COLUMBIA — In redrawing the district's boundaries, Columbia Public Schools will use residential and road development data from the city to ensure the safety of its students.
The district's Secondary Enrollment Planning Committee is pooling resources to help them form the new districts. At its Thursday meeting, the committee made some final preparations for the redistricting process by hearing a presentation from Tim Teddy, Columbia's Planning and Development director.
Teddy explained which areas of the metro Columbia planning area have the highest potential for residential growth and roadway construction so the committee can keep that information in mind when creating possible boundaries.
The areas of the city most likely to see residential growth are the north, northeast, east and southwest, Teddy said. The projections are difficult to count on, though, because the data include land the city has already approved for construction and land that has not yet been approved and might not be developed.
Committee member Jim Whitt is concerned about communication between the city and the district. Teddy assured the committee he realized there should be coordination in terms of long-term development planning.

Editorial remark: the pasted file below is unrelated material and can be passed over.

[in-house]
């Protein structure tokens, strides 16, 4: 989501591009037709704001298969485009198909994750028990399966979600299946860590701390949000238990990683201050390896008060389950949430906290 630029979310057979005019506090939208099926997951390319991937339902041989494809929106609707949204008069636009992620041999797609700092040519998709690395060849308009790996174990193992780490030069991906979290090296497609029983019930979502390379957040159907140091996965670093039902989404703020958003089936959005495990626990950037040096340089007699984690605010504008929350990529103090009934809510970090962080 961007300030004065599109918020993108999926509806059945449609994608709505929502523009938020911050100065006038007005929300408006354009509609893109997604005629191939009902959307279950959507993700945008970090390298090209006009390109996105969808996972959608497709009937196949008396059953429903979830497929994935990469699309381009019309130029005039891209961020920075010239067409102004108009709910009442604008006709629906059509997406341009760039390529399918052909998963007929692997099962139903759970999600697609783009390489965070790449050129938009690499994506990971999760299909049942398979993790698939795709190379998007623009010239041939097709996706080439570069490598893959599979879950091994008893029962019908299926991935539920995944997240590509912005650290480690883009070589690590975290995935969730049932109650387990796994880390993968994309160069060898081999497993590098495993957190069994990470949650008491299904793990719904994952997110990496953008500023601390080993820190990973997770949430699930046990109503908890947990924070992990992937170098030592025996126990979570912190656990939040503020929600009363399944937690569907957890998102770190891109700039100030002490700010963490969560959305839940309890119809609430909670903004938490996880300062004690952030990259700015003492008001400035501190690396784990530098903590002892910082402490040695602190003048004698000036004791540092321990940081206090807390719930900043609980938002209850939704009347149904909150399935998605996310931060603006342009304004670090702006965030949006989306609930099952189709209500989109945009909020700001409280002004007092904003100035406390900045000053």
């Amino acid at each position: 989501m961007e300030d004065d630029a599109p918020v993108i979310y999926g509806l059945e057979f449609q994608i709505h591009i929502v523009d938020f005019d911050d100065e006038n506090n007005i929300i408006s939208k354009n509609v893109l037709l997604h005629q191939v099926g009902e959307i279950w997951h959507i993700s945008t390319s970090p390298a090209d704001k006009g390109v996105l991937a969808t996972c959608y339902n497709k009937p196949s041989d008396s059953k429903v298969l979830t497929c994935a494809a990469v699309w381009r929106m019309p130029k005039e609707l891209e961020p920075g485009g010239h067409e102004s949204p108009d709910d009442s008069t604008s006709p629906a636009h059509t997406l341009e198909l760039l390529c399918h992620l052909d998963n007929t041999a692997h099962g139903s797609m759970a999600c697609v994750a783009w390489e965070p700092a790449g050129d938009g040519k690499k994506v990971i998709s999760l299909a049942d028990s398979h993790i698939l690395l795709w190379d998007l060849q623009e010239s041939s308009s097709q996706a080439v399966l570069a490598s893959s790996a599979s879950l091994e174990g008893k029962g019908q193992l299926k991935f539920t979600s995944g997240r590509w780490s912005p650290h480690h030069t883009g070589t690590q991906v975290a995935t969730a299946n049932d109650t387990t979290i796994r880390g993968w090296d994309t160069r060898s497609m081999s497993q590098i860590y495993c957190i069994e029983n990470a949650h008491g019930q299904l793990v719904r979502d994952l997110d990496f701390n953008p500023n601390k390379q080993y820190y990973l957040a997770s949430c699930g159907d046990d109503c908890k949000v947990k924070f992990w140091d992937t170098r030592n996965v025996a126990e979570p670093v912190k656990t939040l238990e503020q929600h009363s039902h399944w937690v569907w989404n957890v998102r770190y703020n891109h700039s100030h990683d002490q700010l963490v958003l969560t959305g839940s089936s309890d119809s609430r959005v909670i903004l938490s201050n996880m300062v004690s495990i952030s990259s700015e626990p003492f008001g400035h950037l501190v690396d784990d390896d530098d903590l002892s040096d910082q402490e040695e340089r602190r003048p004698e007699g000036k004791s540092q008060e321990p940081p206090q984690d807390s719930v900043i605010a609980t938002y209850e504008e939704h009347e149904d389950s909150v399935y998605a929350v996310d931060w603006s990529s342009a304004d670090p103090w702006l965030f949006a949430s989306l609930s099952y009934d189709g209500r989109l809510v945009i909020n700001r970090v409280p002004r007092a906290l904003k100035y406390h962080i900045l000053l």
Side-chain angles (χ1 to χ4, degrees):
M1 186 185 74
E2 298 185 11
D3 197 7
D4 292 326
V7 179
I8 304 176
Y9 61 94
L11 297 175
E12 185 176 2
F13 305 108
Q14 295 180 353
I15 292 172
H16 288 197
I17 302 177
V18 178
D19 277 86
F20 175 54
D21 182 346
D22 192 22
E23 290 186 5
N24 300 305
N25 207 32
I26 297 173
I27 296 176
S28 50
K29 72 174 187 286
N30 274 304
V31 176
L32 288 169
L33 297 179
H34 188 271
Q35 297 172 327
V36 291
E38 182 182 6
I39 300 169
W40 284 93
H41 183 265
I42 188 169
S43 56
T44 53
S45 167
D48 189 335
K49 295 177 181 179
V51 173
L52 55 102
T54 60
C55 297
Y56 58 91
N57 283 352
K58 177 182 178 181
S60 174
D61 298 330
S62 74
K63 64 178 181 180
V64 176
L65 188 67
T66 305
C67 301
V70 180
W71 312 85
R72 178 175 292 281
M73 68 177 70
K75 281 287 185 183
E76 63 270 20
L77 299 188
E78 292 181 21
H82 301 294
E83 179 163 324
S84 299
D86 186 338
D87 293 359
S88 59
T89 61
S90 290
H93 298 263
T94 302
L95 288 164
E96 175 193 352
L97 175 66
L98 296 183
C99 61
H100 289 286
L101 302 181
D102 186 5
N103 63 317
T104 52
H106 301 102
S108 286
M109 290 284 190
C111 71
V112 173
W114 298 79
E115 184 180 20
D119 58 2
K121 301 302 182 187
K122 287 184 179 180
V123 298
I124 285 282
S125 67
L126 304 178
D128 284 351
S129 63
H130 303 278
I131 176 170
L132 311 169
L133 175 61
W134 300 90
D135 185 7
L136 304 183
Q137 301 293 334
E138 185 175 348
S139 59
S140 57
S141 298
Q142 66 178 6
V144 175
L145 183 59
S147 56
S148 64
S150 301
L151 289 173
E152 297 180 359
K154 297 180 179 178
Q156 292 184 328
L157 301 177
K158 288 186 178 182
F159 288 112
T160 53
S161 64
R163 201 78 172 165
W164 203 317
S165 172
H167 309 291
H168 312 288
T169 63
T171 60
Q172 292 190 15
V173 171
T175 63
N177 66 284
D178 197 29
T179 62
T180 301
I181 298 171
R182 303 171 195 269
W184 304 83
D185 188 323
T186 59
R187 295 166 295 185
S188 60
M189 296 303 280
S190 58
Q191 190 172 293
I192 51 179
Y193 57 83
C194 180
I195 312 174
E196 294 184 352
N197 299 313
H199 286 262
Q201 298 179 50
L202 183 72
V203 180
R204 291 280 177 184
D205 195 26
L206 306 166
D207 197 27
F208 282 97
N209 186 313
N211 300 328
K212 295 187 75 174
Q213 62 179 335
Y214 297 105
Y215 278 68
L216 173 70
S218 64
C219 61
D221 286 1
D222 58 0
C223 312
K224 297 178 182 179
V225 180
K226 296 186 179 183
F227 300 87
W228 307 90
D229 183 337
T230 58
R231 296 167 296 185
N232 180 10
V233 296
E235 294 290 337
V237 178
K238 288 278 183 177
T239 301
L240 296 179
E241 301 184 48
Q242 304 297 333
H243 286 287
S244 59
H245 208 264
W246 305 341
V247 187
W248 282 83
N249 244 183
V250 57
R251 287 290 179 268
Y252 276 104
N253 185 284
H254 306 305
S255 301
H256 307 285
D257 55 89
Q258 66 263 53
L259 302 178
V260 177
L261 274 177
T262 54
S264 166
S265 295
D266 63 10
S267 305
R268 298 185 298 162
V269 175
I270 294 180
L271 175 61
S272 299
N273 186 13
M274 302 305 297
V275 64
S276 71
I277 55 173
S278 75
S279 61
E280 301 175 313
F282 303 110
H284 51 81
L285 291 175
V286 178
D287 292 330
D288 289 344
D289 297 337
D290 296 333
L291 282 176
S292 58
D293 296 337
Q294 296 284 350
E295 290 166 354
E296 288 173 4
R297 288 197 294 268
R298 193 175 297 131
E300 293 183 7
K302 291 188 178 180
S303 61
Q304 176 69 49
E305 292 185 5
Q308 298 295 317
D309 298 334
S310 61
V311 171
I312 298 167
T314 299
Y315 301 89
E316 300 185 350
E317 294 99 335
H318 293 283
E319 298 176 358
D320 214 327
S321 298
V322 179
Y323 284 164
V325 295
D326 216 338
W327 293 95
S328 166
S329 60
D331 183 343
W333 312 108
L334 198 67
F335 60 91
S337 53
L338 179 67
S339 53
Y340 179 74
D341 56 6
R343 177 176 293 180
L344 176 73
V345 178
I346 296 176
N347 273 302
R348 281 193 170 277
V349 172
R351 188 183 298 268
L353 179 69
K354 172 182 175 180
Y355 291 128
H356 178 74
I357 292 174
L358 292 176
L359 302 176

"The best thing we can do is form a partnership with the real estate development community and Columbia Public Schools," Teddy said.
Teddy also presented a hefty list of Columbia's roadway projects for the next 10 plus years, including those necessary and those desired but outside the city's financial means.
Road projects are a factor for the committee to consider because in its March community forums it found that a main concern of district parents is the safety of their children en route to school, committee chair Don Ludwig said.
"Particularly, the big issue is the safety of our roads," Ludwig said. "We wanted to get a sense of what's coming in the next five years and in the next 40."
At the meeting, the committee asked Teddy for a map of the metro area showing all transportation projects to be built in the next two years. The map will help the committee be sure of road conditions when the new boundaries take effect.
"The useful information is what's going to be funded in the next couple years," Ludwig said.
The committee will begin to create boundary scenarios at its next meeting on May 5 and continue to meet three of four weeks each month this summer. Committee members will be split into three groups, each to create two scenarios — one for intermediate school and another for high school attendance areas.
The six scenarios will be presented during public forums to be held about September.